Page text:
The issue is not isolated to Peel, as data from Statistics Canada from early in the pandemic shows people across the country are dealing with increased anxiety as a result of the challenges the novel coronavirus has presented. Prior to COVID-19, approximately 1 in 5 people in Canada experienced a mental health problem or illness in a given year, this represents about 300,000 people in Peel.
In Peel, though, those on the front lines of this mental health crisis are fighting with one hand tied behind their back.
The Central West LHIN, which includes Brampton, and the Mississauga Halton LHIN, received $66 and $53 respectively per capita from the provincial government for mental health and addictions support, well below the provincial average of $107 per capita. Much of this funding is targeted to specific agencies, which helps the individual agency and its programming, but can create siloed efforts in the community that are not interconnected, making it difficult for those in need to access them.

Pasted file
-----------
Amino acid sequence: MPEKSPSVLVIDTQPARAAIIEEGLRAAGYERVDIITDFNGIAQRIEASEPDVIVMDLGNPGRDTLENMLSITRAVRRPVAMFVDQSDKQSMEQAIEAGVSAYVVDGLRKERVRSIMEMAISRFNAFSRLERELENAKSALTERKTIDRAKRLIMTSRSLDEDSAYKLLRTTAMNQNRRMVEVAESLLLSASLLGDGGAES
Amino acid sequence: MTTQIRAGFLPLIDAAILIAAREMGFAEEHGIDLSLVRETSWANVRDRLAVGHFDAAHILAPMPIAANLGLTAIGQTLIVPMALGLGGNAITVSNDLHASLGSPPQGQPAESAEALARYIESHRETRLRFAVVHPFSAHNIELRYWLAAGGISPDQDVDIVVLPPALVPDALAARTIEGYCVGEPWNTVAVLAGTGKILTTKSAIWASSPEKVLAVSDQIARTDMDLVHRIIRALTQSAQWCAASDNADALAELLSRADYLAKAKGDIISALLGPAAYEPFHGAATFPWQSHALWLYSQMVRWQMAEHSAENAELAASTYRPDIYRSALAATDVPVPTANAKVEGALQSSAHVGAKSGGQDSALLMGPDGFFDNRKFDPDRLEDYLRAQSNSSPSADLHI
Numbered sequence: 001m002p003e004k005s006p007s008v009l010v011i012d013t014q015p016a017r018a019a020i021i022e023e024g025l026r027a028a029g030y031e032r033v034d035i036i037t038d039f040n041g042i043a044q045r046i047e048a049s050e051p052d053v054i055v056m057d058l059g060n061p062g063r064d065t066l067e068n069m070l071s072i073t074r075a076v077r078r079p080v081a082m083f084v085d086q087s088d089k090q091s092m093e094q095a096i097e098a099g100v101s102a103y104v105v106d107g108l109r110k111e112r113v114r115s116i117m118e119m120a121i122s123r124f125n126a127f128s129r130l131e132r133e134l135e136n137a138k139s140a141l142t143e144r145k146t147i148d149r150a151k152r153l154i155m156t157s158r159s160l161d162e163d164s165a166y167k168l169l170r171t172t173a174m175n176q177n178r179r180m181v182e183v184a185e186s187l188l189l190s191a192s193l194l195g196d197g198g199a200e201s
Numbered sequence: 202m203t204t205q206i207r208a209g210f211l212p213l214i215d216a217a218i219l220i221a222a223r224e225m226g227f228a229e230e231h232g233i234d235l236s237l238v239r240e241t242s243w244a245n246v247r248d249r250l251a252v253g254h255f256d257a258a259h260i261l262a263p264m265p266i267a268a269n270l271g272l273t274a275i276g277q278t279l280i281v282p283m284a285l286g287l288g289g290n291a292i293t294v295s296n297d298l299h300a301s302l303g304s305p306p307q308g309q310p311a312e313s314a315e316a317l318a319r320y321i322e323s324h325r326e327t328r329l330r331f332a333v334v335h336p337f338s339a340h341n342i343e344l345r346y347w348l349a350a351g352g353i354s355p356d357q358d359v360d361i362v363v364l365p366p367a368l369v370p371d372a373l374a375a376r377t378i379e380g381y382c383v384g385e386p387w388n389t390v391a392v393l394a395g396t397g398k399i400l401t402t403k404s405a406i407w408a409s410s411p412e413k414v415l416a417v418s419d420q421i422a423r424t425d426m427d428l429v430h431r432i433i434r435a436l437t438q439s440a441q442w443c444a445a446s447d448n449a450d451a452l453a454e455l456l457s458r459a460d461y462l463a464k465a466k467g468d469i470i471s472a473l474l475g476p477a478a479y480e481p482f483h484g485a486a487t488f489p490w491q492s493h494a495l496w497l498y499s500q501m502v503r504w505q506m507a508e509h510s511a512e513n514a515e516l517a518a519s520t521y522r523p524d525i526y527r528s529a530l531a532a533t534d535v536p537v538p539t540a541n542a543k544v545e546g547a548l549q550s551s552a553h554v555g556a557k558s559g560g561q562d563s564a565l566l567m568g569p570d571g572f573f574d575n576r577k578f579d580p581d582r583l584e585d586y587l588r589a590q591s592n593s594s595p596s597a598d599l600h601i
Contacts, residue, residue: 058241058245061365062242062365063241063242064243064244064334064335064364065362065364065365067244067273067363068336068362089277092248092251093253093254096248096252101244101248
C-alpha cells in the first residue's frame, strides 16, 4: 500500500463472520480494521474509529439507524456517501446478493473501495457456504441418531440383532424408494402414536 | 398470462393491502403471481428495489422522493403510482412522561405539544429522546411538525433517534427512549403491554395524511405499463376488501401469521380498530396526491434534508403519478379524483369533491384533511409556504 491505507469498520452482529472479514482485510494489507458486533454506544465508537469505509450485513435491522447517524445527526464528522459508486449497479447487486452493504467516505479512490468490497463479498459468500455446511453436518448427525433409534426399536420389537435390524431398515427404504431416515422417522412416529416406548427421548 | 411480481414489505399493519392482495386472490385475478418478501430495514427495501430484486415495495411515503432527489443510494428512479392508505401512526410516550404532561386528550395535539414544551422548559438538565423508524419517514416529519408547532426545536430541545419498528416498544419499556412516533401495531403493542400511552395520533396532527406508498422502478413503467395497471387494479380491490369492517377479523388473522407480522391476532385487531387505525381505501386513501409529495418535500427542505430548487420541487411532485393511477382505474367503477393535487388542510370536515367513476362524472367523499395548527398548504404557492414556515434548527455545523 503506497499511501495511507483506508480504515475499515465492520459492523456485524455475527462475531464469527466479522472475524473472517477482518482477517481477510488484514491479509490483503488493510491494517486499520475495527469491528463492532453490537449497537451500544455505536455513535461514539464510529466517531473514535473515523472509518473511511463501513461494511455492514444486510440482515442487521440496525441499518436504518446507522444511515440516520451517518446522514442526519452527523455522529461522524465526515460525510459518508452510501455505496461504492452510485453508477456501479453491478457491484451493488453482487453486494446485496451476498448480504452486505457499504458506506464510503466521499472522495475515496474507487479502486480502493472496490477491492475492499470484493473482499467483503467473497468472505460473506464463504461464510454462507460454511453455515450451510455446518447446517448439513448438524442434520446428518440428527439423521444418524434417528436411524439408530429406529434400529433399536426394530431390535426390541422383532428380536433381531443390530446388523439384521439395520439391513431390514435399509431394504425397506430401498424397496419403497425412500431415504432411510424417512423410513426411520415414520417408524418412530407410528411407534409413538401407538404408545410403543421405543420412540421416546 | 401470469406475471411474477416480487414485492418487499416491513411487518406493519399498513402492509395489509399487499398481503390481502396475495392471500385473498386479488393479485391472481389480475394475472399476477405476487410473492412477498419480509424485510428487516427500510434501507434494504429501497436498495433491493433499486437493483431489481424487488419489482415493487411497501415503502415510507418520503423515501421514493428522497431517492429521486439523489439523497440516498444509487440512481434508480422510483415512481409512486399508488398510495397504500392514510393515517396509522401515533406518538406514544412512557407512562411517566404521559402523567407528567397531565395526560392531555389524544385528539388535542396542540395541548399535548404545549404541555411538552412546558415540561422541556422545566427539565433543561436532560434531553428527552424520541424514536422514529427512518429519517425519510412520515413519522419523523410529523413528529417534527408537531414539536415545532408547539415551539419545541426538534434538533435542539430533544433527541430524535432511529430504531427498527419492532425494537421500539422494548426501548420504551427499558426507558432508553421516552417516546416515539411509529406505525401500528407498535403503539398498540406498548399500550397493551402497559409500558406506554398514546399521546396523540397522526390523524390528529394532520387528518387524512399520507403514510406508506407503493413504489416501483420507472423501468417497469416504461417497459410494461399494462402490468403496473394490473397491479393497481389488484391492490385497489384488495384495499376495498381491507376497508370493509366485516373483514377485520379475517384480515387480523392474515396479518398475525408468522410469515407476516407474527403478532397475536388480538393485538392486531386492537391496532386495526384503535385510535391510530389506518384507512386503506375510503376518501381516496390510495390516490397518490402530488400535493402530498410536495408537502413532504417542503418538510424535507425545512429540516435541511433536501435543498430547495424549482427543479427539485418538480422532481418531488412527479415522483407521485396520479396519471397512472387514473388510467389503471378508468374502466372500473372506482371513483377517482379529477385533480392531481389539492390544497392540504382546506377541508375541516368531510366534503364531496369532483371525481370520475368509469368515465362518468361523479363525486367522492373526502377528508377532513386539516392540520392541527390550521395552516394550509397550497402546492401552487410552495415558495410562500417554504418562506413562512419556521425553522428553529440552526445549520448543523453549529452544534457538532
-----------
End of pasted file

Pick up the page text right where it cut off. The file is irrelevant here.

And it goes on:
The situation gets even worse when drilling down to those who are in desperate need. For people in crisis or suffering serious withdrawal due to their addiction, Brampton and Mississauga have few resources available to help.
The Mississauga Halton LHIN currently has one mental health bed per 78,500 people, while Brampton and the Central West LHIN have one per 66,808 people. By comparison, in Toronto Centre, one of the top-funded areas for these sectors, there is one mental health bed for every 3,500 people, meaning the two cities have about 5 percent of the mental health capacity compared to central Toronto, an area that does see high levels of homelessness and mental health crisis.